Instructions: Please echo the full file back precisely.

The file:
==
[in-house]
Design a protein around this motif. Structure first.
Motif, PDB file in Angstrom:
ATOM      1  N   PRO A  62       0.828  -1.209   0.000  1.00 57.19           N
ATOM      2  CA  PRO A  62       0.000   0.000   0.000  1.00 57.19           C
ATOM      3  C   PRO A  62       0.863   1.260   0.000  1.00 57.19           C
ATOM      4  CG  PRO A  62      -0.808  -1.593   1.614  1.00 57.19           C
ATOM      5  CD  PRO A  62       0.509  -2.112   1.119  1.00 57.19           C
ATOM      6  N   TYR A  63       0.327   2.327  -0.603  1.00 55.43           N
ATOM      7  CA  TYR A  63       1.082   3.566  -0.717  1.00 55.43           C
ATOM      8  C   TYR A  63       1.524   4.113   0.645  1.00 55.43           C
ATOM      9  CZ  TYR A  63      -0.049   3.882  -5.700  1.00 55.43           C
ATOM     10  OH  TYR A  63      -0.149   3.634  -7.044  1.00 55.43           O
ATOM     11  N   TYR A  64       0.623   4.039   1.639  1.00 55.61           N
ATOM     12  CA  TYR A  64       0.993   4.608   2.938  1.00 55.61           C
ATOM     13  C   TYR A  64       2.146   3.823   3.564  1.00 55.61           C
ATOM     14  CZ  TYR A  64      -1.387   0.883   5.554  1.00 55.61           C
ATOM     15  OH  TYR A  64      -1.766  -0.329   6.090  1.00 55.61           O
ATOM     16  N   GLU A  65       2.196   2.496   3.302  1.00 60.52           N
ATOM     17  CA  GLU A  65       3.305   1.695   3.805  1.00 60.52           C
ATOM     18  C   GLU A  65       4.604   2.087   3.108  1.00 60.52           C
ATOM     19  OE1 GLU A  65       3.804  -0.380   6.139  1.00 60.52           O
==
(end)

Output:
[in-house]
Design a protein around this motif. Structure first.
Motif, PDB file in Angstrom:
ATOM      1  N   PRO A  62       0.828  -1.209   0.000  1.00 57.19           N
ATOM      2  CA  PRO A  62       0.000   0.000   0.000  1.00 57.19           C
ATOM      3  C   PRO A  62       0.863   1.260   0.000  1.00 57.19           C
ATOM      4  CG  PRO A  62      -0.808  -1.593   1.614  1.00 57.19           C
ATOM      5  CD  PRO A  62       0.509  -2.112   1.119  1.00 57.19           C
ATOM      6  N   TYR A  63       0.327   2.327  -0.603  1.00 55.43           N
ATOM      7  CA  TYR A  63       1.082   3.566  -0.717  1.00 55.43           C
ATOM      8  C   TYR A  63       1.524   4.113   0.645  1.00 55.43           C
ATOM      9  CZ  TYR A  63      -0.049   3.882  -5.700  1.00 55.43           C
ATOM     10  OH  TYR A  63      -0.149   3.634  -7.044  1.00 55.43           O
ATOM     11  N   TYR A  64       0.623   4.039   1.639  1.00 55.61           N
ATOM     12  CA  TYR A  64       0.993   4.608   2.938  1.00 55.61           C
ATOM     13  C   TYR A  64       2.146   3.823   3.564  1.00 55.61           C
ATOM     14  CZ  TYR A  64      -1.387   0.883   5.554  1.00 55.61           C
ATOM     15  OH  TYR A  64      -1.766  -0.329   6.090  1.00 55.61           O
ATOM     16  N   GLU A  65       2.196   2.496   3.302  1.00 60.52           N
ATOM     17  CA  GLU A  65       3.305   1.695   3.805  1.00 60.52           C
ATOM     18  C   GLU A  65       4.604   2.087   3.108  1.00 60.52           C
ATOM     19  OE1 GLU A  65       3.804  -0.380   6.139  1.00 60.52           O